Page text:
This is the story of Anne, an Estonian mother of 3 small children. Anne wanted to educate her children from an early age about Estonian culture, so she acquired two original, hand-woven, woolen folkloric skirts for her daughters. These skirts were very expensive and took a long time to make – and these were just the beginning for creating a full costume. Because of great expense, Anne would have to purchase all the pieces for the costumes separately. By the time the full costumes would be ready, the fast-growing children would already be too big to fit into them.
With sadness Anne had to surrender to the fact that even though the costly woolen skirts were beautiful, her girls would wear them only very seldom. “Scratchy,” said the oldest daughter, and that was that. “I can not ride a bike,” said the youngest, and soon pulled off the skirt. Only when the family visited the National Museum on Kihnu Island, where all the performers were wearing national costumes, did the girls promise to wear their scratchy skirts.
With the boy it was no better. Although he found the woolen vest to “sting” even through his shirt, the fatal factor was instead the summer sun. His scratchy, heavy vest was simply too fantastically hot. He stripped himself to undergarments until nothing of the beautiful, expensive clothes remained. Thenceforth, the mother Anne began to look for alternatives.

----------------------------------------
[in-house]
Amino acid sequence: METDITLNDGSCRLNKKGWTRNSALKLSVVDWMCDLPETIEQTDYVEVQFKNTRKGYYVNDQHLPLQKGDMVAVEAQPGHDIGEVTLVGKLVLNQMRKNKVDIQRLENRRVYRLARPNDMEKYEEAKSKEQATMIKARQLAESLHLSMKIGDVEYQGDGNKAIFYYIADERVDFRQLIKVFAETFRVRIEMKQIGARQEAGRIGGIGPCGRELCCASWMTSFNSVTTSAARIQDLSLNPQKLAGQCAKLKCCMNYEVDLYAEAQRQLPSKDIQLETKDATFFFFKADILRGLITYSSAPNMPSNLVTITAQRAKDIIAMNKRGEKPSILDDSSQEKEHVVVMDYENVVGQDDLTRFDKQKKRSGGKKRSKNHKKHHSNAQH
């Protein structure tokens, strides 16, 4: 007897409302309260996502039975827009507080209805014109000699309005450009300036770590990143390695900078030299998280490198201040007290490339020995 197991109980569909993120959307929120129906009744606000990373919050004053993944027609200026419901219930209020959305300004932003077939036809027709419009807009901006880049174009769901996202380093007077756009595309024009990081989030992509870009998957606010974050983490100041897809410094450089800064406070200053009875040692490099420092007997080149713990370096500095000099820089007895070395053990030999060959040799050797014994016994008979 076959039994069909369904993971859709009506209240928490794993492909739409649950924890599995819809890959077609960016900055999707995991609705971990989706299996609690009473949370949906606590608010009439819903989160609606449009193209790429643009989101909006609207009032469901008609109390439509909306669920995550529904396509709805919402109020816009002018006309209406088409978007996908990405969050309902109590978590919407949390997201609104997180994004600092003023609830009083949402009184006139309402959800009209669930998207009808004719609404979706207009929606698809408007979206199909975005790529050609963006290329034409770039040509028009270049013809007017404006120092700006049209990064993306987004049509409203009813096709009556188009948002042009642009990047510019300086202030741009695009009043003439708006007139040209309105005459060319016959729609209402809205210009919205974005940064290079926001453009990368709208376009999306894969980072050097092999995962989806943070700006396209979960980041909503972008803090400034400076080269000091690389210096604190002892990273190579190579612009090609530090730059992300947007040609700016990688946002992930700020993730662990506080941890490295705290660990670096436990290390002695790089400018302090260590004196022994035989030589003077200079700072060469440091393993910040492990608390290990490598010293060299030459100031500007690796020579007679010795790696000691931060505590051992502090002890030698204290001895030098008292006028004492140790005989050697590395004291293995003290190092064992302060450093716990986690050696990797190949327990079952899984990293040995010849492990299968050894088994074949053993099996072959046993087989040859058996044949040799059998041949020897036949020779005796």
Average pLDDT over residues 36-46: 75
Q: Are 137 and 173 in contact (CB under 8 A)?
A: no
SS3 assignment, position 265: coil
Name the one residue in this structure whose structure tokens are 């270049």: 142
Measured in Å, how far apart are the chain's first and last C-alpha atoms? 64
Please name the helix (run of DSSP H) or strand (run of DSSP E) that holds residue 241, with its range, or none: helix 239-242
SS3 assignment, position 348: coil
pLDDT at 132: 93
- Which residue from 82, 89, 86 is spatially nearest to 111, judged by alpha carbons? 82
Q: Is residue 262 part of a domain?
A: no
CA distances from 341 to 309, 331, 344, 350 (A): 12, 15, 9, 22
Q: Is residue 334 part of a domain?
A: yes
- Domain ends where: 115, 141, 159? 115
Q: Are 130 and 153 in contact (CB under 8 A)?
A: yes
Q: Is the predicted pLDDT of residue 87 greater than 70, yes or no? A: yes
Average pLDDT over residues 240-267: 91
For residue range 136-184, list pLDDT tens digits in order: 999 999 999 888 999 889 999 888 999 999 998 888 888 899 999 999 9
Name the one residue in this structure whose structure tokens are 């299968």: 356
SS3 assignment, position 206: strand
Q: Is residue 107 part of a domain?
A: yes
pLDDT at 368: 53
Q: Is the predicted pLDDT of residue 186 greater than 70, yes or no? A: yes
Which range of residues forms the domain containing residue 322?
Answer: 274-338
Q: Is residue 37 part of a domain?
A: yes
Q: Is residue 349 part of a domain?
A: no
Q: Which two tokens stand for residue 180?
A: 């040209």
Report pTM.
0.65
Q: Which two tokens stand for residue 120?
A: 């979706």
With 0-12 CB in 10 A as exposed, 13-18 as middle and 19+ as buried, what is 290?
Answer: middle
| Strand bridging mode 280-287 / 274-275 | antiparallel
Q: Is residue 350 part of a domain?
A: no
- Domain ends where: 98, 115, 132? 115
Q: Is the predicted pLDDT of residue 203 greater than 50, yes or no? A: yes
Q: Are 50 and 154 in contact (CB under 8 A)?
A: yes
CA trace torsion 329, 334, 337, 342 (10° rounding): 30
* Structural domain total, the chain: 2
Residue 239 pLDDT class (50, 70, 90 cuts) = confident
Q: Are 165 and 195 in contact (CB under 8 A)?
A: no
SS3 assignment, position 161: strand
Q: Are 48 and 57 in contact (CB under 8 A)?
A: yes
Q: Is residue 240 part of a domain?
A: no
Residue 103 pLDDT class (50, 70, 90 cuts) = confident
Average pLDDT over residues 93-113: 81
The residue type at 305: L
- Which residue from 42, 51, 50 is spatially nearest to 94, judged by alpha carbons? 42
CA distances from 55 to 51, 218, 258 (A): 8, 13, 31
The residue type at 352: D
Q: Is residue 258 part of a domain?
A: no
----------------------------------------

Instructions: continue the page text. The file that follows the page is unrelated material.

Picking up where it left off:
This is also the story of Nelle, a designer and crafter of fine fabrics. One hot summer day, the mother Anne visited Nelle, her dear childhood friend. Anne expressed the children’s complaints and her own frustration concerning the traditional garments. Thankfully, Nelle was quick to sympathize and immediately set upon solving the problem. For months and months they studied what to do. There was much testing and drawing and traveling. There were many sketches and messages and meetings. Most importantly, there were many in-depth discussions with the most important beneficiaries – the children themselves.
As a result, Anne and Nelle’s joint effort resulted in the beautiful, child-friendly designs you see today. These 100% cotton garments are soft and comfortable, shine with vibrant, durable colours, and are inspired by authentic Estonian folk costumes. They may not be precisely accurate historic reconstructions, but kids love wearing them. To us, that is what really matters.
And this is the story of Dukiboo, a new Estonian children’s clothing brand. Dukiboo being an Estonian word that, when spelled backwards, means “Nightingales.” For all Estonian children are singing nightingales ;)